Sometimes you need to slow down to take it all in.
If the 10k was my race effort of focus and determination, the half marathon was something completely different. After yesterday’s second best official 10k, I knew my efforts for 13.1 miles would look more like a long recovery run.
In the weeks leading up to the Wine and Dine Half Marathon weekend, I had considered walking with the Balloon Ladies. It would be interesting to see how they managed their pace and enthusiasm over several hours. However, after the rain and wind of the last couple of days, I needed to just do my thing in my own way. I took things much slower, taking every moment in, and it all became so much I didn’t know how to process it.
The Half Marathon morning brought wind, but no more rain. The weather had cleared up, but was still chilly. The drier conditions allowed the DJs to be onstage for the first time this weekend, and we were all there for it. Their excitement and enthusiasm met ours. My friends and I descended on the announcers stage for the Pre-race Dance Party — one of my favorite parts of any runDisney Weekend. It’s a great place to warm up, have fun, and get pumped for the miles to come.
As I did with the 10k I spent some time in the Start Area doing a couple of quick laps and warm-ups, then meeting up with my “Slacker” friends to start the race. I kept pace with them for a couple of miles, but we all got separated in the dark. Looking for a short bathroom line, I found one at a medical tent. As I dropped off the road and down the embankment, the medical volunteer warned me of the huge puddle. I managed to stop short of said puddle, took a flying leap over it…and missed the other side, stomping firmly up to my left ankle in water. 10 miles with a wet foot ought to be interesting (turns out, it was no big deal).
For the first 5 miles I was keeping a very strong pace — much stronger than was planned or necessary after yesterday’s hard effort. I didn’t really stop at all, slowing only for aid stations. The mental focus from the 10k was still prickling the edges of my mind.
Once through Animal Kingdom, I approached the halfway point and thought, “what am I doing? I was going to walk this whole thing!” Turning the corner, I texted Jen, who was running her own race, telling her where I was and that I intended to walk it out for the last 7 miles. As I hit “send,” I look up, and see Kronk from The Emperor’s New Groove. I had to stop for one of my son’s favorite characters. As I turned toward the back of the line, I heard someone shout my name. Jen, Laura, and Will were waiting in that same line.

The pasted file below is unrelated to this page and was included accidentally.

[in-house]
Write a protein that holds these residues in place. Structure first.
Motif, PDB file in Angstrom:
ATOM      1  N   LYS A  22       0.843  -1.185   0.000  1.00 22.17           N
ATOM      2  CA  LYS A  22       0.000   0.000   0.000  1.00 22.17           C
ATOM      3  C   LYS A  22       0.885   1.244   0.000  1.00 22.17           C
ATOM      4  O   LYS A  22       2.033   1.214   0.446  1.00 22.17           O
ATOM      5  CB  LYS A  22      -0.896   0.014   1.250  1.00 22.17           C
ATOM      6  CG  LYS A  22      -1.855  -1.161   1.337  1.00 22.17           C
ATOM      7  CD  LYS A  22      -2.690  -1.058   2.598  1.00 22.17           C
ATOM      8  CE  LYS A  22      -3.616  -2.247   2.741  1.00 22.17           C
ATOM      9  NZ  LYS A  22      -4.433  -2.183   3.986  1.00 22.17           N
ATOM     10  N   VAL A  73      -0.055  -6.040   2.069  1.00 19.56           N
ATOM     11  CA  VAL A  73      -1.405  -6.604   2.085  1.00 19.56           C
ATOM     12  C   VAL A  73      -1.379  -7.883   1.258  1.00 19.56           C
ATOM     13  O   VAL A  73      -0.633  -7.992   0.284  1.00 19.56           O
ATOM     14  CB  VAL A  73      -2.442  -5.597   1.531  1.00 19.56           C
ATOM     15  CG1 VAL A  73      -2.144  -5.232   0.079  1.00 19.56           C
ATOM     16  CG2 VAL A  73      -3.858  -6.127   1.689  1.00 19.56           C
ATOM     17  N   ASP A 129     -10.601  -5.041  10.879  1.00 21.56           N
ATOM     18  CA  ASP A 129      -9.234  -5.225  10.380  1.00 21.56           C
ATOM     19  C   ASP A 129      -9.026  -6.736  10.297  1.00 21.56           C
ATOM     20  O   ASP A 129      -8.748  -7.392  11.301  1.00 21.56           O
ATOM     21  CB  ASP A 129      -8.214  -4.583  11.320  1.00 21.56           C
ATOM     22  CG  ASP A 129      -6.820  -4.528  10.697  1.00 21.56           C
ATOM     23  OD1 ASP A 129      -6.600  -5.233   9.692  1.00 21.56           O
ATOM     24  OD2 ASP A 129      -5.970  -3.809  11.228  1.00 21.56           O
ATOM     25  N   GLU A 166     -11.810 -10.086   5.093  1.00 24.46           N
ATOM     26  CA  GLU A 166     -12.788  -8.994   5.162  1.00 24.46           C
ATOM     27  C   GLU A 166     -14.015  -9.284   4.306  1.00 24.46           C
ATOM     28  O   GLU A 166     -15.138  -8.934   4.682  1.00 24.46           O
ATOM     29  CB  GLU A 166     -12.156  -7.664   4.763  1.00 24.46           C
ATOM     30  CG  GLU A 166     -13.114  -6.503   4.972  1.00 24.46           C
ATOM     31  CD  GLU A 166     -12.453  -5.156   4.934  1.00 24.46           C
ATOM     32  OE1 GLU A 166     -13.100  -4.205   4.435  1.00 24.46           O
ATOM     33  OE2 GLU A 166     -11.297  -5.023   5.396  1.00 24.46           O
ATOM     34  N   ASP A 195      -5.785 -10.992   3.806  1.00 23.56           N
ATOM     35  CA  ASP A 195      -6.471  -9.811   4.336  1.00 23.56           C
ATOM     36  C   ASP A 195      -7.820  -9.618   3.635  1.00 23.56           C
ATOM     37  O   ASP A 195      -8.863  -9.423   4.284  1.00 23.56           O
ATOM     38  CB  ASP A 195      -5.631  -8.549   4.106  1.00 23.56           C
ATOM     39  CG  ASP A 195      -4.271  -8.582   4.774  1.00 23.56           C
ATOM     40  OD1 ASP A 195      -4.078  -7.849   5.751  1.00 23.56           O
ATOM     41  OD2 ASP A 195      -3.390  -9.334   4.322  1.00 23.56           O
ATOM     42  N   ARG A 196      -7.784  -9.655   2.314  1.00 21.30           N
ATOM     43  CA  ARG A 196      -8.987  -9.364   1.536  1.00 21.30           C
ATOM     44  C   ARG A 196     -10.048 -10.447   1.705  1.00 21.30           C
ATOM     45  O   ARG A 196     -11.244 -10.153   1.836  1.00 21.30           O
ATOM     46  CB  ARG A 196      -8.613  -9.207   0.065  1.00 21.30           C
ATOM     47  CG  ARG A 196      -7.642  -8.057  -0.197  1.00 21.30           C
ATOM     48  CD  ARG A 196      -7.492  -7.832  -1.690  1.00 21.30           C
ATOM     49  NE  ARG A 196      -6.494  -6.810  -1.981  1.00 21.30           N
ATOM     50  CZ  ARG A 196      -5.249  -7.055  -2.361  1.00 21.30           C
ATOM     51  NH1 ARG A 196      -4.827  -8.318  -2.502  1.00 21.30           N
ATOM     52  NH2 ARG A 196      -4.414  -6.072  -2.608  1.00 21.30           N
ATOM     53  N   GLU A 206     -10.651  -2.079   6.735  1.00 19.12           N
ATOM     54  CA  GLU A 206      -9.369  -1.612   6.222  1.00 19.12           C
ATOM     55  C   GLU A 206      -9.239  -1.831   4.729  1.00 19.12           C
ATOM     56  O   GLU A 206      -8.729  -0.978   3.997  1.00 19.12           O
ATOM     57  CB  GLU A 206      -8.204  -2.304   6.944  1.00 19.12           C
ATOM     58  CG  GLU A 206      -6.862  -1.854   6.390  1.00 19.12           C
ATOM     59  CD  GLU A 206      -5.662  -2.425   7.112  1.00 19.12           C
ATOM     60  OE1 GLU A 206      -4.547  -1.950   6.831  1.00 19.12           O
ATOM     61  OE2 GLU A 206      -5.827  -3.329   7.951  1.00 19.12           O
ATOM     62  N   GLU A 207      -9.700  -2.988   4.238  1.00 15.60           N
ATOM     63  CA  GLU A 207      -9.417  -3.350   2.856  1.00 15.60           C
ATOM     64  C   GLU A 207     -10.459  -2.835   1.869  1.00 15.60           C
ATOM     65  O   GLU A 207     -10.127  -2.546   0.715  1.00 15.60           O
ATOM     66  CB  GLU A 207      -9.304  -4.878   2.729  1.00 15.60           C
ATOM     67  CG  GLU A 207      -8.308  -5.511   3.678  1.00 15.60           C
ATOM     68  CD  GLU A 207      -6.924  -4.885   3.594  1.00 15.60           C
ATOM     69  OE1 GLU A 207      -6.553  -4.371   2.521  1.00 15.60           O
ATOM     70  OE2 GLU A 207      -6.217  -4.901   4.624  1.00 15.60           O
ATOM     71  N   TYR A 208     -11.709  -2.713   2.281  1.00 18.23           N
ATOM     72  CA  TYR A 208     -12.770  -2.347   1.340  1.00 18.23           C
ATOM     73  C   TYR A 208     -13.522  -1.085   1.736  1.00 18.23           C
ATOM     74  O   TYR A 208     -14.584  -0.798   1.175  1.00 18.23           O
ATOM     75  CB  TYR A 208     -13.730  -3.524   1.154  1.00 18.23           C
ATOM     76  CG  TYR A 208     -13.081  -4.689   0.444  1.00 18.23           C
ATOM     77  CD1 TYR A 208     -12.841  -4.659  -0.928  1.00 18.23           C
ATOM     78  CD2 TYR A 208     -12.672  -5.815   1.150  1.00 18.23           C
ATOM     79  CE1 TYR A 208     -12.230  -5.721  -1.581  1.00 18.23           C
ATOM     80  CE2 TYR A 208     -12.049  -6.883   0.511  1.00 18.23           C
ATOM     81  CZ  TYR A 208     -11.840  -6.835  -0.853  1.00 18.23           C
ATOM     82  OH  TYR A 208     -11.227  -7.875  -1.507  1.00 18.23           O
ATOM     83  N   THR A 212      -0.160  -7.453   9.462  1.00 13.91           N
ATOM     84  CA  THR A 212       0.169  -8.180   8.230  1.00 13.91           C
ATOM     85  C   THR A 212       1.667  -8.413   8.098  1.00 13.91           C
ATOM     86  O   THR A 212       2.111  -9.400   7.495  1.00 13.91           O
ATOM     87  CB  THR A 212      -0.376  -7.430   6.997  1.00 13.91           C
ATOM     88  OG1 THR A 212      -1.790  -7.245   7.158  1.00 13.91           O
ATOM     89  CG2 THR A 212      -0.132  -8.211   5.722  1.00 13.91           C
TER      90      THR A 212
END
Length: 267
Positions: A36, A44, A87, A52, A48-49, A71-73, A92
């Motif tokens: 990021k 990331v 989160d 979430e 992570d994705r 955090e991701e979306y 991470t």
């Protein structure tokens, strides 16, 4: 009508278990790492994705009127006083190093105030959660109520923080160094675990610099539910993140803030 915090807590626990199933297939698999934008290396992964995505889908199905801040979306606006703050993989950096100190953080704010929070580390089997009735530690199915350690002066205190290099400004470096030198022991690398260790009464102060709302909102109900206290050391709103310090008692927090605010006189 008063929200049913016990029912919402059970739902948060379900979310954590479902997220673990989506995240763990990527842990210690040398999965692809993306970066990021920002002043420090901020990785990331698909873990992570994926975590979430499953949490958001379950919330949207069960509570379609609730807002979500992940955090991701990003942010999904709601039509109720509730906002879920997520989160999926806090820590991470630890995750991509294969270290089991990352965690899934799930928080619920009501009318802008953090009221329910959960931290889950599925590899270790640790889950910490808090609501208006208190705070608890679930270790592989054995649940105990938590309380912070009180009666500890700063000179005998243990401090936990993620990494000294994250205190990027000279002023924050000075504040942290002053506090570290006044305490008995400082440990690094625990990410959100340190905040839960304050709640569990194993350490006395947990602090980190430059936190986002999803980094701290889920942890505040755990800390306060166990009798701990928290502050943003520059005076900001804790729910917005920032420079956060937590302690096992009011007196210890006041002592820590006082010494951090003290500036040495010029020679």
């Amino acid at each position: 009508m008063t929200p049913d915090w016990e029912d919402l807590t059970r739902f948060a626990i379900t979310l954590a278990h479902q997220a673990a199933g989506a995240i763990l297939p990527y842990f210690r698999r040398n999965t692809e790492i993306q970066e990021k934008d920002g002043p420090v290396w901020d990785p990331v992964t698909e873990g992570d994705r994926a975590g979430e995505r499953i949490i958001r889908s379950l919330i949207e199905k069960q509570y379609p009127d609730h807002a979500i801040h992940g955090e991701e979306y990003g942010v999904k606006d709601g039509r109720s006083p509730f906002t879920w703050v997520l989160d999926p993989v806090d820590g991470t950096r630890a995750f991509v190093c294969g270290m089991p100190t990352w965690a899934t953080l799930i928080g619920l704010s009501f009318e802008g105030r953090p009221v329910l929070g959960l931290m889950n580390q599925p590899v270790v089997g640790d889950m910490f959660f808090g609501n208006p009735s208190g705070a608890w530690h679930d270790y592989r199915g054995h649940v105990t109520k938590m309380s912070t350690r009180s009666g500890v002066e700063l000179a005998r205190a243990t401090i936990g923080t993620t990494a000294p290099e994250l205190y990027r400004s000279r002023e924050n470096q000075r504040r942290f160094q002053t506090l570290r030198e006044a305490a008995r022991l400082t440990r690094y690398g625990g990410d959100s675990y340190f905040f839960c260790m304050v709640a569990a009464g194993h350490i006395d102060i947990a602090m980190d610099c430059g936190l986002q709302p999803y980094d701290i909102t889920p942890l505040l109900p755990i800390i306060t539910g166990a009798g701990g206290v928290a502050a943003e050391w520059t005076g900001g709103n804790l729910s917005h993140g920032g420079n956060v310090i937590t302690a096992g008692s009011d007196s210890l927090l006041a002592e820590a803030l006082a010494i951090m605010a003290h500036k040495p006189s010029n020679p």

After this, my first — and ultimately only — Character stop, Jen and I joined up and stayed together for the rest of the race. Several other friends were “leapfrogging” with us, stopping for characters and then running ahead to the next one. I however, realized very quickly how hard it was to start and stop for these races. I made the decision to just keep walking. Don’t stop.
I got uncomfortable. Physically, I was fine aside from the usual RunDisney discomfort (sore feet). My head space and mental game was starting to crumble. I couldn’t have told you at the time, but my emotions were starting to creep up. I didn’t want to talk to anyone, even when I found myself among half a dozen friends. Screwing a smile on my face, I tried looking strong…even though I was falling apart inside without really knowing.
At that point, I told Jen what was going on. That all the emotions of returning to a RunDisney race were finally breaking through. That over the course of the last 2 years of feeling alone and wanting to quit it all, You…dear reader, listener, viewer…were out there. You found me this weekend…on the course, in the parks, at the start lines…telling me your stories full of emotion and gratitude…sharing with me your victories and love for this community.
I finally realized what it was I missed. It was you. And I couldn’t deal with the emotion of it all.
The last 4 miles were an emotional roller coaster. If you had asked me I couldn’t have told you any of this. I cheered with the spectators, and retreated back to my own mind. I needed the people that were my safe space.
It was after mile 12 that I decided I wanted to wait for the Slackers and cross the finish line with them. I started the race with them, I wanted to finish it with them. Standing around for 10 minutes or more (it was probably more but it doesn’t matter), I was happy to share the last finish line of the first weekend back with the people I love.
There was no plan. There was no strategy. I did what I needed to do, and I allowed myself to process what had just happened…to me and for all of us.
What I learned through this weekend, is that yes, we missed RunDisney, and it was a joy to be back. While many of us missed the usual things — Carissa’s countdowns, the fireworks, the confetti, running through the parks — each of us found something unique to our experience that we didn’t even know we missed. I had no idea how much I missed you. How much I needed to see you. To shake your hands, to give you hugs, to hear your stories. I missed you more than any castle, mile marker, or finish line.
Thank you for sticking with me through all of this, for saying hello. You will never know how much I needed to see your smiles. Until I see you again, Happy Running.